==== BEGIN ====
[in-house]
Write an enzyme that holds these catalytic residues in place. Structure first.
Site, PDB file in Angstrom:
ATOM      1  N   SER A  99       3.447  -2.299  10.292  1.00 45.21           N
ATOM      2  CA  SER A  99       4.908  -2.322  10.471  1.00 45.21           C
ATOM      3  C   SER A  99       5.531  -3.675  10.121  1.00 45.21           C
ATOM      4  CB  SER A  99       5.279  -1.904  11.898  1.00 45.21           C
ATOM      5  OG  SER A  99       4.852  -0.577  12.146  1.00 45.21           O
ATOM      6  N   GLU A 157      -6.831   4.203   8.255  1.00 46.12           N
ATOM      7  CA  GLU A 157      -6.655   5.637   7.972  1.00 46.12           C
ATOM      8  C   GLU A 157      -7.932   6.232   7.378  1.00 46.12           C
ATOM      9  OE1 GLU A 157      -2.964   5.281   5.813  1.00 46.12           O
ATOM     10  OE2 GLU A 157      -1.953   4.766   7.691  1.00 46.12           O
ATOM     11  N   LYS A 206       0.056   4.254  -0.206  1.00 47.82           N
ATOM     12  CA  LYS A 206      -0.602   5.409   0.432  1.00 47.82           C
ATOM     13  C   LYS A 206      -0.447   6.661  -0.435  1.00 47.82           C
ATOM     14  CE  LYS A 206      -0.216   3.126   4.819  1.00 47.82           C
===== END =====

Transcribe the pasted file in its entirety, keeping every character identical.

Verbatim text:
[in-house]
Write an enzyme that holds these catalytic residues in place. Structure first.
Site, PDB file in Angstrom:
ATOM      1  N   SER A  99       3.447  -2.299  10.292  1.00 45.21           N
ATOM      2  CA  SER A  99       4.908  -2.322  10.471  1.00 45.21           C
ATOM      3  C   SER A  99       5.531  -3.675  10.121  1.00 45.21           C
ATOM      4  CB  SER A  99       5.279  -1.904  11.898  1.00 45.21           C
ATOM      5  OG  SER A  99       4.852  -0.577  12.146  1.00 45.21           O
ATOM      6  N   GLU A 157      -6.831   4.203   8.255  1.00 46.12           N
ATOM      7  CA  GLU A 157      -6.655   5.637   7.972  1.00 46.12           C
ATOM      8  C   GLU A 157      -7.932   6.232   7.378  1.00 46.12           C
ATOM      9  OE1 GLU A 157      -2.964   5.281   5.813  1.00 46.12           O
ATOM     10  OE2 GLU A 157      -1.953   4.766   7.691  1.00 46.12           O
ATOM     11  N   LYS A 206       0.056   4.254  -0.206  1.00 47.82           N
ATOM     12  CA  LYS A 206      -0.602   5.409   0.432  1.00 47.82           C
ATOM     13  C   LYS A 206      -0.447   6.661  -0.435  1.00 47.82           C
ATOM     14  CE  LYS A 206      -0.216   3.126   4.819  1.00 47.82           C